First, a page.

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In user700902's answer to this thread, a for-loop with the syntax \@for is used. How does this syntax work? I tried searching about for-loops on other websites, but I could only find something like this page, where the syntax is a different one.

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It is part of latex "kernel" and poorly documented. Related question here –  JLDiaz Mar 3 '13 at 0:51
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2 Answers

up vote 12 down vote accepted

The syntax for \@for is

\@for\cs:=<list>\do{<code>}

Here <list> is either a comma separated list of tokens or a macro expanding to such a list.

Thus, the calls

\@for\next:=abc, def, gh ,ij\do{<code>}

and

\def\mylist{abc, def, gh ,ij}
\@for\next:=\mylist\do{<code>}

are equivalent. Notice that LaTeX doesn't really distinguish the two cases: it just does an \expandafter, so the two cases are completely equivalent only if the explicit list (first case) starts with an unexpandable token. In case one can't be sure of this, it's better to follow the second path.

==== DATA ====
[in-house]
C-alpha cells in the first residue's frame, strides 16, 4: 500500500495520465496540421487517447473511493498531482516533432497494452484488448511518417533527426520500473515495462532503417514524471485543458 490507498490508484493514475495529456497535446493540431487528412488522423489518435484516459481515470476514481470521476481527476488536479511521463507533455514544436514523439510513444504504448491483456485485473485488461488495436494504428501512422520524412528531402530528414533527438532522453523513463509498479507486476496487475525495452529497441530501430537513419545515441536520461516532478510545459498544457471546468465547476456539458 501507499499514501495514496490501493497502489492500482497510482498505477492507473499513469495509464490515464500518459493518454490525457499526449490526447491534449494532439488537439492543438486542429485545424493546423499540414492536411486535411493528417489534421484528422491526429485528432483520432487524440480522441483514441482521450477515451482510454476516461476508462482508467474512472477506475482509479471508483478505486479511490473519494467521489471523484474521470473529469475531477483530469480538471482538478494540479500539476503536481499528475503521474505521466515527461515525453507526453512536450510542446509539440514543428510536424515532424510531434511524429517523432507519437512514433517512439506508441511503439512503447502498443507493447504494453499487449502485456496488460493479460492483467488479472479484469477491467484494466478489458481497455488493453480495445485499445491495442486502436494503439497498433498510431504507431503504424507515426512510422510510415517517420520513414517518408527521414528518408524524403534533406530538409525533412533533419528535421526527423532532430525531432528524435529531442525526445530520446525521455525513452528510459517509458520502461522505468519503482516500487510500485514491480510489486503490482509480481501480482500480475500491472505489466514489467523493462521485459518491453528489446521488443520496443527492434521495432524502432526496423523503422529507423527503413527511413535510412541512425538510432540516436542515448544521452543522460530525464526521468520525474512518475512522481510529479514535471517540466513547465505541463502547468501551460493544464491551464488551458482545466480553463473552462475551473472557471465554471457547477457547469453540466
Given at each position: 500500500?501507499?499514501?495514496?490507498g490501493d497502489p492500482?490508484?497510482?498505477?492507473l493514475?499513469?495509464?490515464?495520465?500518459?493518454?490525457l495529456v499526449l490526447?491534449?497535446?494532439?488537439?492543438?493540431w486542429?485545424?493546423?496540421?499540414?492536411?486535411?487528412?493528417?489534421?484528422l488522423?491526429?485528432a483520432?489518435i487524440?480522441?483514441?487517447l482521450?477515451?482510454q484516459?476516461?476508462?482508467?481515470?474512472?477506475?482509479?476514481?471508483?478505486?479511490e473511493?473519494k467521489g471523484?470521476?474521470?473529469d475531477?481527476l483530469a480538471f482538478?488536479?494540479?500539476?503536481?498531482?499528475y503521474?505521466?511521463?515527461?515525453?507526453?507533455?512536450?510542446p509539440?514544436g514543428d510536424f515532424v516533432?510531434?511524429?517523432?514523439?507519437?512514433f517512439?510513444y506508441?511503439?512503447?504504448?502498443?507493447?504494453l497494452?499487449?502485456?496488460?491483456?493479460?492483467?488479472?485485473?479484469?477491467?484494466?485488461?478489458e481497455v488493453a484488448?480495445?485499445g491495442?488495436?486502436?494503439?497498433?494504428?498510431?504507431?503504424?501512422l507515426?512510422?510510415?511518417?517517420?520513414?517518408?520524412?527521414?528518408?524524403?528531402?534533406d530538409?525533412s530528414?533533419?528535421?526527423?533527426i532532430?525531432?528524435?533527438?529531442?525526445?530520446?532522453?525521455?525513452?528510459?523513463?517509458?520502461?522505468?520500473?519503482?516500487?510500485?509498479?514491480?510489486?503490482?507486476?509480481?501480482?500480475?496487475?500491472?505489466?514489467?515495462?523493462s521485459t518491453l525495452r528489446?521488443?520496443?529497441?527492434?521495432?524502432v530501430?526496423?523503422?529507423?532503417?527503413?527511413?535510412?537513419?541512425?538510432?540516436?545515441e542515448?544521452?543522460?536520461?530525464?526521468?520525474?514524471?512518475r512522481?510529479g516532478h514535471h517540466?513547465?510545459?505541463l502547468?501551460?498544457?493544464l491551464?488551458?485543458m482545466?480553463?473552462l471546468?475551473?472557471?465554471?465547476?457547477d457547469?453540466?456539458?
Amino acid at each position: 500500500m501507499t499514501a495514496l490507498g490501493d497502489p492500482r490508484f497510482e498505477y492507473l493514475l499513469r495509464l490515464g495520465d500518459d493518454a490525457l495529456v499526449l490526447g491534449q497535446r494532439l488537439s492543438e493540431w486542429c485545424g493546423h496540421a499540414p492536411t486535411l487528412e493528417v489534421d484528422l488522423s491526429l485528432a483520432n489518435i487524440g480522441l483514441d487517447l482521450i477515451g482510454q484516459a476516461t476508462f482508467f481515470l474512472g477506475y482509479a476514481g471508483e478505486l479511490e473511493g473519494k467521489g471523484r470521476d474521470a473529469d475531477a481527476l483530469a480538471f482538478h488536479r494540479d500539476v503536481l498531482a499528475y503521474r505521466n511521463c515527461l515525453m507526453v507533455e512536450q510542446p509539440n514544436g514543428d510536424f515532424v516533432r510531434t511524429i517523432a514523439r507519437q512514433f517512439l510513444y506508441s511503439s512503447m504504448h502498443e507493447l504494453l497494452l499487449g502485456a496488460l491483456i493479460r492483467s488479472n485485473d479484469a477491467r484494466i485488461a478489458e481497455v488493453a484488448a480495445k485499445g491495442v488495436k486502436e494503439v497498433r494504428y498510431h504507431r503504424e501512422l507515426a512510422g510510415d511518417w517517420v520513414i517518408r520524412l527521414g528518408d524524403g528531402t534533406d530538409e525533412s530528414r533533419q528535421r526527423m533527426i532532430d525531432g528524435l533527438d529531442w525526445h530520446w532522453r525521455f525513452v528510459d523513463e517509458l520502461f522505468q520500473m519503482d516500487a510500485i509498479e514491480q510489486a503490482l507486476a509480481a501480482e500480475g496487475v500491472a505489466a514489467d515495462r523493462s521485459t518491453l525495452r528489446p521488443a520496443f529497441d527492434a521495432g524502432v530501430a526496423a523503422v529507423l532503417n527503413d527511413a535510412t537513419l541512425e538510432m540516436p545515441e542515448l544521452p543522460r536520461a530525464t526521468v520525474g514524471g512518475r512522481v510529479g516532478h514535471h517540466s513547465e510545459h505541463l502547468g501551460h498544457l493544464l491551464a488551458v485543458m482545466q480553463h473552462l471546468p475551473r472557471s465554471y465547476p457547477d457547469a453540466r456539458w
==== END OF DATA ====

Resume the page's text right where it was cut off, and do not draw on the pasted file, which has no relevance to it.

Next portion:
The macro will cycle through the list doing essentially

\def\next{abc}<code>
\def\next{def}<code>
\def\next{gh }<code>
\def\next{ij}<code>

where the <code> is supposed to do something with \next. It's customary to use \next or some other scratch control sequence: it's important to realize that it will be redefined at each step.

Notice also that \@for doesn't remove leading or trailing spaces; this is proved by using \show\next as the <code>, getting

> \next=macro:
->abc.

> \next=macro:
-> def.

> \next=macro:
-> gh .

> \next=macro:
->ij.

An example from the kernel:

\DeclareRobustCommand\cite{%
  \@ifnextchar [{\@tempswatrue\@citex}{\@tempswafalse\@citex[]}}

\def\@citex[#1]#2{\leavevmode
  \let\@citea\@empty
  \@cite{\@for\@citeb:=#2\do
    {\@citea\def\@citea{,\penalty\@m\ }%
     \edef\@citeb{\expandafter\@firstofone\@citeb\@empty}%
     \if@filesw\immediate\write\@auxout{\string\citation{\@citeb}}\fi
     \@ifundefined{b@\@citeb}{\hbox{\reset@font\bfseries ?}%
       \G@refundefinedtrue
       \@latex@warning
         {Citation `\@citeb' on page \thepage \space undefined}}%
       {\@cite@ofmt{\csname b@\@citeb\endcsname}}}}{#1}}

\def\@cite#1#2{[{#1\if@tempswa , #2\fi}]}

Here \cite passes control to \@citex; then the mandatory argument is passed through a \@for loop, for typesetting the list of citations.

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The \@for command you mention is an internal LaTeX command. I don't know if there's any extensive documentation about it.

The Wikibooks page you link to is about typesetting algorithms, so not what you're looking for.

I'd recommend using package etoolbox. See section 3.7 (List Processing) of the manual for documentation.

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